Knochen- und Knochenersatzmaterialien zur parodontalen Regeneration und zum Knochenaufbau für Implantate (Health Technology Assessment, Bd. 32)
|Autor||Gernreich NC, Gerhardus A, Velasco-Garrido M|
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Policy and research questions: Bone and bone substitutes are currently used for two indications in oral health: 1) for periodontal rehabilitation to prevent loss of tooth in the case of chronic periodontitis and 2) to replace insufficient bone structure after loss of one or more teeth in order to prepare the tissue for dental implants (bone reconstruction or augmentation). The aim of this report is to systematically evaluate the efficacy of the different materials for both indications. For each indication the following research questions were formulated:
1. Is the use of bone / bone substitutes efficacious?
2. What do we know about the relative efficacy if different bone / bone substitutes are compared?
3. Does the isolated or additional use of membranes lead to a relevant increase in the efficacy?
4. Which are the side effects associated with the different materials and how frequent and how serious are they?
5. For which indication(s) can the use of bone / bone substitutes be recommended?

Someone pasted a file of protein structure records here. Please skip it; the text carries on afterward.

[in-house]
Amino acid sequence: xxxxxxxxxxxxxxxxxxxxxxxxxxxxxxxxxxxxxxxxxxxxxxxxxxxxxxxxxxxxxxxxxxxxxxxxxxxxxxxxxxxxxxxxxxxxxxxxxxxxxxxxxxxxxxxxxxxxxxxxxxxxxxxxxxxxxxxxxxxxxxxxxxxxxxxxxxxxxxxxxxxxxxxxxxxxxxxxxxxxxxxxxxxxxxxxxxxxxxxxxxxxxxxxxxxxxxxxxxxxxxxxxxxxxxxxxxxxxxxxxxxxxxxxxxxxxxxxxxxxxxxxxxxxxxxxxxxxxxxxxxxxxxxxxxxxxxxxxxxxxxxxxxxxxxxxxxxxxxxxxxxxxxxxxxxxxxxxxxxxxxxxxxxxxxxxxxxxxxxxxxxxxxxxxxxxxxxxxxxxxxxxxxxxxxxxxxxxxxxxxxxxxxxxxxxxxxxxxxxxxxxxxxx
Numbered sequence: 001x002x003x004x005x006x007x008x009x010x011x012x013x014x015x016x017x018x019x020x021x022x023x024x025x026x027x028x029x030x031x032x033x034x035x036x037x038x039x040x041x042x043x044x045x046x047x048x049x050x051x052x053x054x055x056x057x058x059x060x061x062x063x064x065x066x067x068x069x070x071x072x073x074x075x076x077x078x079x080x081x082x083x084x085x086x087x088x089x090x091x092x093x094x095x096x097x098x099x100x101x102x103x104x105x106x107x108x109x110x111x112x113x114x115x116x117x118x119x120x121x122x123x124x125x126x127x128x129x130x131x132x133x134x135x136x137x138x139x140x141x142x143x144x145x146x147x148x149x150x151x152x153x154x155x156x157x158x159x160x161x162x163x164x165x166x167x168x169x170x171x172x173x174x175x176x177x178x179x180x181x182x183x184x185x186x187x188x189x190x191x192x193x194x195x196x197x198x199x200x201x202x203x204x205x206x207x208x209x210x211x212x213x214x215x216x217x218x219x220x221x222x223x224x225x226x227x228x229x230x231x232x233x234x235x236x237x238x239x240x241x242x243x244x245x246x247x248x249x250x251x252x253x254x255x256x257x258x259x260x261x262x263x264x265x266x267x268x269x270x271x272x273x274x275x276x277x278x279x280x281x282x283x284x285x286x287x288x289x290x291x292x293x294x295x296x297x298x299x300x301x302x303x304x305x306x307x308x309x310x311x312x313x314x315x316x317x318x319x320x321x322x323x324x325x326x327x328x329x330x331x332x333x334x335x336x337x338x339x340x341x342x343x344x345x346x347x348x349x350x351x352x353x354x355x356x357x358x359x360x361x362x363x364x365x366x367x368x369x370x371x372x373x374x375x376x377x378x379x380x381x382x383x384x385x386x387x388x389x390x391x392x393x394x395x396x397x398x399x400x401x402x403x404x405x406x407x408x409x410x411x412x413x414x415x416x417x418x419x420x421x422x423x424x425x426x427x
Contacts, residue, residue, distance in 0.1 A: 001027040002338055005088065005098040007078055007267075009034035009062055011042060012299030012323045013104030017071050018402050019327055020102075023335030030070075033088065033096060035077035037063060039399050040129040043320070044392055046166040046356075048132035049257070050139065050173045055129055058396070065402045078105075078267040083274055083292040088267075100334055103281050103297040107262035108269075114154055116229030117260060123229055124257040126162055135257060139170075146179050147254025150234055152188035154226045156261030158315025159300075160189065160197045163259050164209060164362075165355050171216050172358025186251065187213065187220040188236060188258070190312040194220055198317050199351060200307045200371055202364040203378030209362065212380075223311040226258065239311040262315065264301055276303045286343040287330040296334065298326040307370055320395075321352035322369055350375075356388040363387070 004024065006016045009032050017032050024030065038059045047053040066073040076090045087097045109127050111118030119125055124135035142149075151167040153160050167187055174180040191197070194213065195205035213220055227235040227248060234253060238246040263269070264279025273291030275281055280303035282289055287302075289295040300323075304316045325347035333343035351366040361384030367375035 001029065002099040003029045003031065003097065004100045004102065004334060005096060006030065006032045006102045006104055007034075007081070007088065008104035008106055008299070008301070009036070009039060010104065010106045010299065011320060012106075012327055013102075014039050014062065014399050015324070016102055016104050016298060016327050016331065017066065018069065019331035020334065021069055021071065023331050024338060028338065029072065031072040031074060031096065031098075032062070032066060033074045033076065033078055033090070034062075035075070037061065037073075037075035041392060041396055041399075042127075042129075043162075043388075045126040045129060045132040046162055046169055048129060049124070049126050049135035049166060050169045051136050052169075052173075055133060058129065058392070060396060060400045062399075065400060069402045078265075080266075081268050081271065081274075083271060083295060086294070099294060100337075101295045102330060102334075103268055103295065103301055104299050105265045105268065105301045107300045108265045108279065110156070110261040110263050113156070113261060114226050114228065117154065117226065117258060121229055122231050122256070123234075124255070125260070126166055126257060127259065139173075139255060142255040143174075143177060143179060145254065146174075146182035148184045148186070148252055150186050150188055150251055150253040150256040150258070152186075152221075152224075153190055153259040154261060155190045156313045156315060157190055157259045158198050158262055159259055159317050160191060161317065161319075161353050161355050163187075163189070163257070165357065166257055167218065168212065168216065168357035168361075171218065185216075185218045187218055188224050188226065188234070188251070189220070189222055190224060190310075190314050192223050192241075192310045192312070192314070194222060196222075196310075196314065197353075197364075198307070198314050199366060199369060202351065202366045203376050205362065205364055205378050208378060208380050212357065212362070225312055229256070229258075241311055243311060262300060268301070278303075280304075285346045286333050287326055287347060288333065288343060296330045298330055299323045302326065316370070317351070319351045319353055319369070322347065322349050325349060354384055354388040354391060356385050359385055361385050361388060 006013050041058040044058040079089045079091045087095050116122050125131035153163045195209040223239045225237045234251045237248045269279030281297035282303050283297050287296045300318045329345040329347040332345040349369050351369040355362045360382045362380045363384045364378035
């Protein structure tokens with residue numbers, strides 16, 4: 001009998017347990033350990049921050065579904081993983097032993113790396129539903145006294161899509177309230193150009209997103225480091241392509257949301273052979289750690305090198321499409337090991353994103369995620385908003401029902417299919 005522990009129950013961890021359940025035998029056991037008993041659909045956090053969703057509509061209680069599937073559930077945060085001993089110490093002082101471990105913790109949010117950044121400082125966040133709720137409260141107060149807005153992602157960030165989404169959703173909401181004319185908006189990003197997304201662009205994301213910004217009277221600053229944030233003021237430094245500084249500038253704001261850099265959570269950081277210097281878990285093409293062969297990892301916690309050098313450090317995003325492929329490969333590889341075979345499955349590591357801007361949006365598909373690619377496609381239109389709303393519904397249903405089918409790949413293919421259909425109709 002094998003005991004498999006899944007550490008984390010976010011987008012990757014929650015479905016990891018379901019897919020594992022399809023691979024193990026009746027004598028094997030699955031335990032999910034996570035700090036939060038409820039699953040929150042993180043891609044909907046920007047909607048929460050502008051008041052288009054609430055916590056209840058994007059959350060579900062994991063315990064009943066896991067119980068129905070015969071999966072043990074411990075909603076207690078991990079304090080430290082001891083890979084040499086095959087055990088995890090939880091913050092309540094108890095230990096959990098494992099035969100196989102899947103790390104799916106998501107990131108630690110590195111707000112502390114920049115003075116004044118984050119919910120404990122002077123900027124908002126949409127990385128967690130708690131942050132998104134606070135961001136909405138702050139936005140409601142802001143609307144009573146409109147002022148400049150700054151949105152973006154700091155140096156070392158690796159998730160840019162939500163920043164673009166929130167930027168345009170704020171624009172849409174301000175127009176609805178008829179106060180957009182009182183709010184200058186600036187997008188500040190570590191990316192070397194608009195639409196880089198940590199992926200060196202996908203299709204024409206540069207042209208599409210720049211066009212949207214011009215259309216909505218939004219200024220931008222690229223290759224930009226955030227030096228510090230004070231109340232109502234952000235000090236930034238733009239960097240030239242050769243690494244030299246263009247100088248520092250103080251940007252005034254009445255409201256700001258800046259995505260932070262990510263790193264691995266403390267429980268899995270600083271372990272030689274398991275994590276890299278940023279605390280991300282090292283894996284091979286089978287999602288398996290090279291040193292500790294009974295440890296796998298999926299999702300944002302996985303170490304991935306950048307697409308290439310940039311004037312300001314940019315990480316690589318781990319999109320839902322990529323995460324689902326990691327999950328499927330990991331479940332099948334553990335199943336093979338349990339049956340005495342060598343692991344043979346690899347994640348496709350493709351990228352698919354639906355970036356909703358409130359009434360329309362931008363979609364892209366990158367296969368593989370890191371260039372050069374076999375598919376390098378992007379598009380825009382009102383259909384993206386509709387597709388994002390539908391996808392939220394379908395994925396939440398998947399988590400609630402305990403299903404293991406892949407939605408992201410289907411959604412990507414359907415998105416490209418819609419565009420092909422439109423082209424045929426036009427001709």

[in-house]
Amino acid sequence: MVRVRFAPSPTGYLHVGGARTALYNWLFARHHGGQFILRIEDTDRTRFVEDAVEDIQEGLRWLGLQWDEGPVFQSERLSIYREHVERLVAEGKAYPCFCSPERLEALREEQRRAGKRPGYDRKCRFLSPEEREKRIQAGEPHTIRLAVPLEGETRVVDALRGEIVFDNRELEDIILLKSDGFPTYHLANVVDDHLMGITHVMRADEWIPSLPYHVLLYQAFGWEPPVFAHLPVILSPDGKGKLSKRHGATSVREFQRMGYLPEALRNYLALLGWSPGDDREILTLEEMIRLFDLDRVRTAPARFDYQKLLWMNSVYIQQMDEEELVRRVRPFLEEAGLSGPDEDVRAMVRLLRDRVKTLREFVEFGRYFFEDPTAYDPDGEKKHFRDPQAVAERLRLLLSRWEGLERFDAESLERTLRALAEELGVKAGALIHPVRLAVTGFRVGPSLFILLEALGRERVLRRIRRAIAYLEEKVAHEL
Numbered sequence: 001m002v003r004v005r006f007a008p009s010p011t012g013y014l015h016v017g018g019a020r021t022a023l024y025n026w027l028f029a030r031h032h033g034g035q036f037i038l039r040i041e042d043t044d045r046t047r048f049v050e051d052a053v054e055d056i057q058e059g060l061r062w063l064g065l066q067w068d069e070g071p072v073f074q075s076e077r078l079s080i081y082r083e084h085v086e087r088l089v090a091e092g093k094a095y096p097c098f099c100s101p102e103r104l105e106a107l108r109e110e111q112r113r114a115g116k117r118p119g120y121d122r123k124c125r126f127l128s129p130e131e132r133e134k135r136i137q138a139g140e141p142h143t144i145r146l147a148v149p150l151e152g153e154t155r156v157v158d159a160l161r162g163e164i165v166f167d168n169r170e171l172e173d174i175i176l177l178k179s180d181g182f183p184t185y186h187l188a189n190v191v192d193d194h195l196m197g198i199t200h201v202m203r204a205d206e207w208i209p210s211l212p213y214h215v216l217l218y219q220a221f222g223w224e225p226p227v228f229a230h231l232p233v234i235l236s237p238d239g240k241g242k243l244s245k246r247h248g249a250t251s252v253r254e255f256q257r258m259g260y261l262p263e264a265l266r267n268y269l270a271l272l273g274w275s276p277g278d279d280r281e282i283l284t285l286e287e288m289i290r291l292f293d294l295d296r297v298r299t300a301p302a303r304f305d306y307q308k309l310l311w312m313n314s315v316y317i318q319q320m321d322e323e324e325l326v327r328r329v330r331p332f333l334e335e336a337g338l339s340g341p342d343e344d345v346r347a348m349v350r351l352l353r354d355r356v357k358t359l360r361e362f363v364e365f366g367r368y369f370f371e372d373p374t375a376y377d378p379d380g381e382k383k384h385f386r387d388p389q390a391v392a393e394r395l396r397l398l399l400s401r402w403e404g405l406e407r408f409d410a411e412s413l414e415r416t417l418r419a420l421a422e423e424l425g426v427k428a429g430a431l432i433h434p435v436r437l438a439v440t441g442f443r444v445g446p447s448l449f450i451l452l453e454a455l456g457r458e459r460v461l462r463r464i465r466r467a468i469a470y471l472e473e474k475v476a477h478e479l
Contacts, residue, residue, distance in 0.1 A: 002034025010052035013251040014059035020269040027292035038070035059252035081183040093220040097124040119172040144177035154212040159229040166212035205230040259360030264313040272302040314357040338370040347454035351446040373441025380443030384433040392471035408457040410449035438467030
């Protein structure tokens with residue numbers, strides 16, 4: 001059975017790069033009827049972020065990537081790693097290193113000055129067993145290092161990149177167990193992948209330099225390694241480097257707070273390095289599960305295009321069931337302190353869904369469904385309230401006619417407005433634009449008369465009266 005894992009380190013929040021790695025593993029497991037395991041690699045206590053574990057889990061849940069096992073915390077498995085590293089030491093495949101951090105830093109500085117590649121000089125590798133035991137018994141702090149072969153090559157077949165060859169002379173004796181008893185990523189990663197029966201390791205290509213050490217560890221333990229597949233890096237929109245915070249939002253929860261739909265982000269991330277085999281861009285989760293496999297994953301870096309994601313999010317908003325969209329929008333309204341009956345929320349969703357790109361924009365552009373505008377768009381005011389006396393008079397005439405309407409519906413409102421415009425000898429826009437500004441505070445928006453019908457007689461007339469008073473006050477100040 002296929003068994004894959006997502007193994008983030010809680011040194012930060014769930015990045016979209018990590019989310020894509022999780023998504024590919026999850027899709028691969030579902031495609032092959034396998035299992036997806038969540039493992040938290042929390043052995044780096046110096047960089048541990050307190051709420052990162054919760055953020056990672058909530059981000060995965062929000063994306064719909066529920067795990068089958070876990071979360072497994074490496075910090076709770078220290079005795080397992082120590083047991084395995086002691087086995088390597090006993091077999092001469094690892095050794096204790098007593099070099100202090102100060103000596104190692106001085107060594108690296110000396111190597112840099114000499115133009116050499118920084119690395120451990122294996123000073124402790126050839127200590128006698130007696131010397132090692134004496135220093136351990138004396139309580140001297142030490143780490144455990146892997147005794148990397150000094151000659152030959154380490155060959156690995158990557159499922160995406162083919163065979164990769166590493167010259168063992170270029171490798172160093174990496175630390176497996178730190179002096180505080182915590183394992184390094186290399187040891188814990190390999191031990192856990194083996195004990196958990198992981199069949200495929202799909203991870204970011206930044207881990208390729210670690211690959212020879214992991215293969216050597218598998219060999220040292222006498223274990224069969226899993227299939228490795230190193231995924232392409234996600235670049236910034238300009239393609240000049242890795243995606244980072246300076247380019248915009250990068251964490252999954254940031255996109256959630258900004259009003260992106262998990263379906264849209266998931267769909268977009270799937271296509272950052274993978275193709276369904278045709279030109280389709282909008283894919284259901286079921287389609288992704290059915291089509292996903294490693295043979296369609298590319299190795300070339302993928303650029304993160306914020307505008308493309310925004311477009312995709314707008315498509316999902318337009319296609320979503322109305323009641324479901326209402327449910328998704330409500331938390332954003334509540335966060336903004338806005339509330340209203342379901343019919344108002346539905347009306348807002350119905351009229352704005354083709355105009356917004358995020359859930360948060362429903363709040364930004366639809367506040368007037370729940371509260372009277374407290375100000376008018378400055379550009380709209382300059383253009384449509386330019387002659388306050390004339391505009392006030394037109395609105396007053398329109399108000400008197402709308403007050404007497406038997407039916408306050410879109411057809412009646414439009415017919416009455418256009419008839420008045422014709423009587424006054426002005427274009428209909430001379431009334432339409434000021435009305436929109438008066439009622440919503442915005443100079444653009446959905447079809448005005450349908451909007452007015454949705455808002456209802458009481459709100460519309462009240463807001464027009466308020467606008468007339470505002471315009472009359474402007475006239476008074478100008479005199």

6. Which areas can be identified for further research, especially regarding the application of bone / bone substitutes in everyday use?
Methodology: The target population includes patients who 1) are suffering from periodontal disease that may lead to dental loss or 2) are scheduled for the insertion of an implant under the condition of insufficient bone structure. Primary outcome parameters are for indication the reduction of probing depth, attachment gain, or bone gain (in mm) and for indication the survival rate of implants (in %). Only randomised controlled studies (open flap debridement, OFD, was the control intervention) were considered to evaluate the efficacy for the first indication. For the evaluation of side effects other study types were also included. To assess the efficacy for the second indication included also non-controlled prospective observational studies included. For this indication the underlying assumption hat different materials have comparative advantages at different locations mostly precluded the use of controlled designs. We searched the electronic databases MEDLINE, SOMED, NEED, DARE, HTA, The Cochrane Library, GBV, HealthSTAR, HSTAT and EMBASE for publications between 1990 and 2000 (the MEDLINE search was updated in January 2002) and screened the publication lists of HTA organisations. We analysed the methodological quality of publications using checklists. Data synthesis was done qualitatively and where possible by meta-analyses.
Results and Conclusions: We included two systematic reviews and 53 primary studies. The results and conclusions are presented for each indication separately.